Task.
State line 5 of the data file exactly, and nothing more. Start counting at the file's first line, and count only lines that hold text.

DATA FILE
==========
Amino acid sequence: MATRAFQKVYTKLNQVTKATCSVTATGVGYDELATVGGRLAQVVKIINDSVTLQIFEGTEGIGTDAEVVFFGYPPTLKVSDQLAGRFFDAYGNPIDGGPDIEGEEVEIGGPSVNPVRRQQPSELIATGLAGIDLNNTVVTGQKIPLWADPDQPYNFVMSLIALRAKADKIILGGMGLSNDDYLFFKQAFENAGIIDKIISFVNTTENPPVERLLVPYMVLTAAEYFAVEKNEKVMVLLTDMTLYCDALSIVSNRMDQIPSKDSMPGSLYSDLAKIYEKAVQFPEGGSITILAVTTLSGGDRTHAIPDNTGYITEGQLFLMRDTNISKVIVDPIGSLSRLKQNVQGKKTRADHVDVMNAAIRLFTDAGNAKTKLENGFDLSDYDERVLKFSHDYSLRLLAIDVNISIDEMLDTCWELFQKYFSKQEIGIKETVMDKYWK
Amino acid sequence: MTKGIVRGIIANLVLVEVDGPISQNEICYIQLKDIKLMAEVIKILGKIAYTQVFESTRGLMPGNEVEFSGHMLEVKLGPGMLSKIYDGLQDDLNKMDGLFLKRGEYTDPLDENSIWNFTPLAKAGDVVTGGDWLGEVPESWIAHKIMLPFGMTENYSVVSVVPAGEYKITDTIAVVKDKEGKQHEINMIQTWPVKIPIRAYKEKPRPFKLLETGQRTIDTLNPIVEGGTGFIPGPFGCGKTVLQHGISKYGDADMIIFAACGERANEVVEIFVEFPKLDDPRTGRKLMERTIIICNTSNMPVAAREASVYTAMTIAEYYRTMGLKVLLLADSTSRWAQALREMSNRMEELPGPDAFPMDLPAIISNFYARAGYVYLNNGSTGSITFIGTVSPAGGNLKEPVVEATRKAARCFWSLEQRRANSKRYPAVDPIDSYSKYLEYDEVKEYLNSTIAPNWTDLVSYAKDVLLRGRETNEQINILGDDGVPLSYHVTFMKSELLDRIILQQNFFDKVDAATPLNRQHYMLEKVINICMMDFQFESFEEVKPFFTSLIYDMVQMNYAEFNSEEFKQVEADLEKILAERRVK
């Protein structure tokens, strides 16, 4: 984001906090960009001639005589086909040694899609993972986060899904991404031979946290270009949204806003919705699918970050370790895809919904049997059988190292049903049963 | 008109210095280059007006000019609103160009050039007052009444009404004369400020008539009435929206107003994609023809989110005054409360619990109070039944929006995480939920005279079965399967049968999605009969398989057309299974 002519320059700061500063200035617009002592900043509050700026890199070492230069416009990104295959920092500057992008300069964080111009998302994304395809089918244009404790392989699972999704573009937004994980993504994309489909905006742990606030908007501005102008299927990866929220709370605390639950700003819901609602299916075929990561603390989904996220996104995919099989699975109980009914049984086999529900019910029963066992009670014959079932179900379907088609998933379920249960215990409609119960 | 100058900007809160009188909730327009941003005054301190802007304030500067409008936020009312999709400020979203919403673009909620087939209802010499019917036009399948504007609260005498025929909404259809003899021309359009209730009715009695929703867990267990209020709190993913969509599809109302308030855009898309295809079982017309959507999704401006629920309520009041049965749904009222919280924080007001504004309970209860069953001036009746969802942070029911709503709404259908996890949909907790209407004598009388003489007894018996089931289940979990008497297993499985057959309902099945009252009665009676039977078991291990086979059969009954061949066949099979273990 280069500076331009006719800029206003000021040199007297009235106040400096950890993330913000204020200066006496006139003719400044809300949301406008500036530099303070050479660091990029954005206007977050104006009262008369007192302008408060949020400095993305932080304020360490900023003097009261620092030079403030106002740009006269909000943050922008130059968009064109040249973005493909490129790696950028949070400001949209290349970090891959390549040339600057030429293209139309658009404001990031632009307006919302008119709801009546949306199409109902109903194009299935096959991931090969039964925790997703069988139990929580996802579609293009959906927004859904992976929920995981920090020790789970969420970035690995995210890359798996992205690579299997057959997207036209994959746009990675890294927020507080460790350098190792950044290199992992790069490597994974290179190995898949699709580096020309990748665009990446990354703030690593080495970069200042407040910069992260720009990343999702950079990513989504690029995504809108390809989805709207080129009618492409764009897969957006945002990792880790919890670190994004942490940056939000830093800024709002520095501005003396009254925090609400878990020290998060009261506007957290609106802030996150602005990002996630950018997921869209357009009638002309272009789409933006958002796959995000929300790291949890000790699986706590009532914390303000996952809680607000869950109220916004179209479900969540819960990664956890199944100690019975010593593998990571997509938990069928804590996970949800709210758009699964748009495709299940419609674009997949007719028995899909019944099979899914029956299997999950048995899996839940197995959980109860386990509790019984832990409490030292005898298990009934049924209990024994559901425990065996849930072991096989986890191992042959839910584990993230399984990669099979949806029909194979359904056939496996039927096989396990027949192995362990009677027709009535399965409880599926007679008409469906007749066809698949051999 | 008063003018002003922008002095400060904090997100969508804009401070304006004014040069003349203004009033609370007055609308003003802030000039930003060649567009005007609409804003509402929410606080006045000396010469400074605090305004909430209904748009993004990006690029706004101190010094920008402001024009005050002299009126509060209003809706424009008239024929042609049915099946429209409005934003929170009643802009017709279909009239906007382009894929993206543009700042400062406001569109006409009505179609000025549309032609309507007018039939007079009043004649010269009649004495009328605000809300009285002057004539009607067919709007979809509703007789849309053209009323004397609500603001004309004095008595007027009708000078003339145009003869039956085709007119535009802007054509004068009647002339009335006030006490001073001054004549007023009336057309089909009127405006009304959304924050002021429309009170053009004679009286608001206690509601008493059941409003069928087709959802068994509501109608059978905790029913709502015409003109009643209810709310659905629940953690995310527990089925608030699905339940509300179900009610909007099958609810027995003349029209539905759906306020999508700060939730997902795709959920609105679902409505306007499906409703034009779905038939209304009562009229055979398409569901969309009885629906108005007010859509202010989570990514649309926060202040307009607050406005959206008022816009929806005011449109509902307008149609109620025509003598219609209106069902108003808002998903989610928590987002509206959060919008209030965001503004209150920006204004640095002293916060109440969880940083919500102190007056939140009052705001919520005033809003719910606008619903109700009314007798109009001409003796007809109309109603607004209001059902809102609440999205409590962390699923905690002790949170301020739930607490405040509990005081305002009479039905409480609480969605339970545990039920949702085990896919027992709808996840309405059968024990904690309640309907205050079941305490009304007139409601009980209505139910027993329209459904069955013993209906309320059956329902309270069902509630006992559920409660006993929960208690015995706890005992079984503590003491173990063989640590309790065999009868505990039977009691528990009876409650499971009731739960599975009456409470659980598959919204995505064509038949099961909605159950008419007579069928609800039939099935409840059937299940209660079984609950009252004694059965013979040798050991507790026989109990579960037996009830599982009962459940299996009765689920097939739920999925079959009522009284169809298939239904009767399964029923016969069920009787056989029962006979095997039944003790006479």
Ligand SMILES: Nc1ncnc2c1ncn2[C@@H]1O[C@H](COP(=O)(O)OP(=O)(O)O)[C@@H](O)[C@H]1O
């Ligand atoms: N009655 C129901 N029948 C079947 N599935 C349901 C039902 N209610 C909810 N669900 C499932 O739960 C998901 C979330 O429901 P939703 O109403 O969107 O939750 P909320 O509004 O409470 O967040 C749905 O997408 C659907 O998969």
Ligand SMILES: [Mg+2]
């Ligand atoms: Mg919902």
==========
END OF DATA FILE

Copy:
């Ligand atoms: N009655 C129901 N029948 C079947 N599935 C349901 C039902 N209610 C909810 N669900 C499932 O739960 C998901 C979330 O429901 P939703 O109403 O969107 O939750 P909320 O509004 O409470 O967040 C749905 O997408 C659907 O998969």